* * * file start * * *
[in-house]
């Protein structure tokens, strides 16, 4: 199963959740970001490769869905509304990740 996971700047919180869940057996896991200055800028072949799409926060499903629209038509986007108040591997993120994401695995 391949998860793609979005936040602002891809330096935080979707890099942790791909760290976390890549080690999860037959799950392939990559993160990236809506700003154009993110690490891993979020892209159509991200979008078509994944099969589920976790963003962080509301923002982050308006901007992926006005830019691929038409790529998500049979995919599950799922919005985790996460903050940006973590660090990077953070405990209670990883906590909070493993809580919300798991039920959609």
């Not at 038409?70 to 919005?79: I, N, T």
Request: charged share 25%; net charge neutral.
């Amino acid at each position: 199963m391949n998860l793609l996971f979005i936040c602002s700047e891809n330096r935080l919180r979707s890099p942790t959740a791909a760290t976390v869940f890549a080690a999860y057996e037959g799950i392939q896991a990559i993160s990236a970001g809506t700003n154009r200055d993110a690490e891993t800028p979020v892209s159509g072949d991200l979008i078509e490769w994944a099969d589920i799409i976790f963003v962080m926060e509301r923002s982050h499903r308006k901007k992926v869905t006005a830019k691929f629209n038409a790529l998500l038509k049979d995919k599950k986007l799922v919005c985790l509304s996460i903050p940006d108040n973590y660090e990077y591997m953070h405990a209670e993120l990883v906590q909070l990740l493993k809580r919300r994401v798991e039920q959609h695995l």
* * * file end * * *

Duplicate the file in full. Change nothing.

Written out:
[in-house]
């Protein structure tokens, strides 16, 4: 199963959740970001490769869905509304990740 996971700047919180869940057996896991200055800028072949799409926060499903629209038509986007108040591997993120994401695995 391949998860793609979005936040602002891809330096935080979707890099942790791909760290976390890549080690999860037959799950392939990559993160990236809506700003154009993110690490891993979020892209159509991200979008078509994944099969589920976790963003962080509301923002982050308006901007992926006005830019691929038409790529998500049979995919599950799922919005985790996460903050940006973590660090990077953070405990209670990883906590909070493993809580919300798991039920959609």
């Not at 038409?70 to 919005?79: I, N, T």
Request: charged share 25%; net charge neutral.
């Amino acid at each position: 199963m391949n998860l793609l996971f979005i936040c602002s700047e891809n330096r935080l919180r979707s890099p942790t959740a791909a760290t976390v869940f890549a080690a999860y057996e037959g799950i392939q896991a990559i993160s990236a970001g809506t700003n154009r200055d993110a690490e891993t800028p979020v892209s159509g072949d991200l979008i078509e490769w994944a099969d589920i799409i976790f963003v962080m926060e509301r923002s982050h499903r308006k901007k992926v869905t006005a830019k691929f629209n038409a790529l998500l038509k049979d995919k599950k986007l799922v919005c985790l509304s996460i903050p940006d108040n973590y660090e990077y591997m953070h405990a209670e993120l990883v906590q909070l990740l493993k809580r919300r994401v798991e039920q959609h695995l």